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    mgraff is offline Newbie
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    Re: Grammar question

    If in doubt, tell the student "That's a good question and I'll have a definitive answer for you tomorrow" Then, consult The Grammar Book by Marianne Celce-Murcia.

    It explains every aspect of English grammar.

    How do you like my new avatar?

  6. #6
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    Re: Grammar question

    Welcome, 1perriwinkle.

    ian2 has got it.

    recently is an adverb of time, whereas, for example, terribly is an adverb of manner. Now, adverbs expressing time modify verbs, whereas adverbs expressing manner can modify either verbs or adjectives. For example,

    [1] I have been terribly ill. <adverb of manner modifying the adjective ill>
    [2] I sing terribly. <adverb of manner modifying the verb sing>

    Now, if we place an adverb of time in that same position, between the verb and the adjective, like this,

    [3] I have been recently ill.

    then an adverb of time modifies an adjective - a state, and not an action. Which is why [3] sounds awkward.

    If, however, we place recently at the end of the sentence or at the beginning of the sentence or closer to the verb itself, it will modify the verb,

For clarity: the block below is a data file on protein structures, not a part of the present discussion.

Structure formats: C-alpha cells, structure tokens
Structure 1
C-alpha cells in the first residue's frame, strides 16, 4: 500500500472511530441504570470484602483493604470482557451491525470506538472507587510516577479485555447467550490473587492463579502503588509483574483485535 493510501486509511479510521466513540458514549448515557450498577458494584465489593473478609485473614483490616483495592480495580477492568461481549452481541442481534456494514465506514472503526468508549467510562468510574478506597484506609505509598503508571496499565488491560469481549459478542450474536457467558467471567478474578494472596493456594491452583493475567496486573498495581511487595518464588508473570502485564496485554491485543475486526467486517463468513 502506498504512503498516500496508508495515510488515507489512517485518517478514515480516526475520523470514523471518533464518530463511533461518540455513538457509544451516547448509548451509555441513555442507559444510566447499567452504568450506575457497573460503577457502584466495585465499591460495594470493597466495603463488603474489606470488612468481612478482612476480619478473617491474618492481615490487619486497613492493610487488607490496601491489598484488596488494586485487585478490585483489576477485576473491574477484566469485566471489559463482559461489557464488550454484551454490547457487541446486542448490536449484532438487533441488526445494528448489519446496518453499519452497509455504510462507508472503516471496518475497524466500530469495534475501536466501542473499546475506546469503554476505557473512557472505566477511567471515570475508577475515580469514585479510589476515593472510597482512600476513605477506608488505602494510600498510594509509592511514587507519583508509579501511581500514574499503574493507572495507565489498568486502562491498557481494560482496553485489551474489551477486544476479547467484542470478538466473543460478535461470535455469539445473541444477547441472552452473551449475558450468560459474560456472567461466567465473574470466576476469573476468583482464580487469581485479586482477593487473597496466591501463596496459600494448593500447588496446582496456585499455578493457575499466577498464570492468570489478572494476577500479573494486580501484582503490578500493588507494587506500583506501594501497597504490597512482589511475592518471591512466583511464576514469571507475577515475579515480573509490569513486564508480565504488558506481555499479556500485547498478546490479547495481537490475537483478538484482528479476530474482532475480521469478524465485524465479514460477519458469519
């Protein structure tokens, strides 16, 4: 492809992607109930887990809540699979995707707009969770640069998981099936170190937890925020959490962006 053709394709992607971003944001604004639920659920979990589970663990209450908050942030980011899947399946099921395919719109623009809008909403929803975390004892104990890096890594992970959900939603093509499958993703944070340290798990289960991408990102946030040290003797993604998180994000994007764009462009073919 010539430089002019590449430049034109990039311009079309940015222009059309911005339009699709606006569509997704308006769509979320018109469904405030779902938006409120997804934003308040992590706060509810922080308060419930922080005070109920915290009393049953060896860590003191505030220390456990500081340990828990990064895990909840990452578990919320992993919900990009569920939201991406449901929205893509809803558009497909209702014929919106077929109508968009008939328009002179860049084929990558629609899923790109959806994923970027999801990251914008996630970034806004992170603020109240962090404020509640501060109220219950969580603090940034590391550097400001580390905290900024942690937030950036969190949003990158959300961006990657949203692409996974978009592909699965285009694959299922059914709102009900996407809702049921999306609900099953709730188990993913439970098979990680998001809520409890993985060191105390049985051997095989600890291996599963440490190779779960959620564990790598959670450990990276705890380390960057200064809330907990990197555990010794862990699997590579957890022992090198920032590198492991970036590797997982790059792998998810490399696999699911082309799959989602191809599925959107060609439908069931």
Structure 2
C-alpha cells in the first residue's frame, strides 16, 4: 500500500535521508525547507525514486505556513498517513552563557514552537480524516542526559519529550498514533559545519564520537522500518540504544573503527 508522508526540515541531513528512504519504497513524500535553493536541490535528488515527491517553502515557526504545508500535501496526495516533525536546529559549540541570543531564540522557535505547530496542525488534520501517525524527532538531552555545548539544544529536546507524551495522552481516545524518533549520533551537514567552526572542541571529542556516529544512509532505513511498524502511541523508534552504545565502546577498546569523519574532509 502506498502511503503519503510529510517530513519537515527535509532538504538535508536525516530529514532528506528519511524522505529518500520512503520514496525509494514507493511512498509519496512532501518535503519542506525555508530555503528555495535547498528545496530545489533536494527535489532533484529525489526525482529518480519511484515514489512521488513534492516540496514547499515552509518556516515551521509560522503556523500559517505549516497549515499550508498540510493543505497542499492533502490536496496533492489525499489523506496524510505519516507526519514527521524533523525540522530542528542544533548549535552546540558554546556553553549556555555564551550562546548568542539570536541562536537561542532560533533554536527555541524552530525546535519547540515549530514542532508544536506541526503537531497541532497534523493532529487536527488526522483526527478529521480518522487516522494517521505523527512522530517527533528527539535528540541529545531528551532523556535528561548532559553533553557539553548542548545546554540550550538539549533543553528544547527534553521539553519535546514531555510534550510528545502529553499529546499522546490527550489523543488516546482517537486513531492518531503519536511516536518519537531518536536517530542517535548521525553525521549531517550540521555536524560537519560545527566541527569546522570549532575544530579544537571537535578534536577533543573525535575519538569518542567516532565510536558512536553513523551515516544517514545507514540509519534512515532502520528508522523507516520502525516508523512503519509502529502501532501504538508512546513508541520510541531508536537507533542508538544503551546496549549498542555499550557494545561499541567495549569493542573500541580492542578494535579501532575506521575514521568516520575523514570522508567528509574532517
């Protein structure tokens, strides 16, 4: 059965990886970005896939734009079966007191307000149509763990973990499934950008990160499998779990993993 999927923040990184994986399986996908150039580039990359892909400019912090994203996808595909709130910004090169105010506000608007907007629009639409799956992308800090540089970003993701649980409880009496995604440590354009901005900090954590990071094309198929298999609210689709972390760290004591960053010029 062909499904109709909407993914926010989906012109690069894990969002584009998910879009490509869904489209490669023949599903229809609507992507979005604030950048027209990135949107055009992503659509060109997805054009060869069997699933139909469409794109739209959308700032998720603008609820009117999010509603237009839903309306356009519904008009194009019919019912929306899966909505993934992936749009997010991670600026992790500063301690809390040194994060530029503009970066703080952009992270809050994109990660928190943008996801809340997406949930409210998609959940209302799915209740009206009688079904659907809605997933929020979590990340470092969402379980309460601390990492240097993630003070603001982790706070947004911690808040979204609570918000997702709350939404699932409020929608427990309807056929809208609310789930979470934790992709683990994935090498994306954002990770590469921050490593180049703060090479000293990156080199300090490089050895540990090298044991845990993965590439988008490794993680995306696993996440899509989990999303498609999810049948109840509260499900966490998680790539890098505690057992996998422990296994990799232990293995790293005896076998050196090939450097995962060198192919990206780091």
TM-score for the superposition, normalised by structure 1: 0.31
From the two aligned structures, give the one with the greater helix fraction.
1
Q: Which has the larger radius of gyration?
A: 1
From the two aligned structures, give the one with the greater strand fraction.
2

[4] Recently, I have been ill.
    [5] I have been ill, recently.
    [6] I have recently been ill.

    Hope that helps.

    All the best.

  7. #7
    1perriwinkle is offline Newbie
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    Re: Grammar question

    Thanks for all your replies, have to the hang of it I think!?
    Will go forth and try to explain and if I end up in a worse mess, I'll be back here for some more good advice

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    Re: Grammar question

    Quote Originally Posted by Casiopea View Post
    Now, if we place an adverb of time in that same position, between the verb and the adjective, like this,

    [3] I have been recently ill.

    then an adverb of time modifies an adjective - a state, and not an action. Which is why [3] sounds awkward.
    This is an excellent explanation, Casiopea. Thank you.

  9. #9
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    Re: Grammar question

    hello everybody! I really am very pleased that there's some people discussing english sentences' mistakes!! I just want to tell you that I really do have many problems whith this language espcially with tenses , so if anyone of you has some suggestion to give me. here is my e-mail:
    EMAIL REMOVED - Send PM to This User Instead

  10. #10
    BobK's Avatar
    BobK is offline Harmless drudge
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    Re: Grammar question

    Quote Originally Posted by 1perriwinkle View Post
    Thanks for your replies. The only thing is (and the reason I posted), is that even though I felt the my answer was correct, I didn't deal with it at all well - in fact I sounded totally unconvincing
    ....
    As you say, it's a matter of confidence. 'We just do' is a perfectly good response - trust your intuition.

    That said, Cas's explanation is magistral - well worth keeping.

    b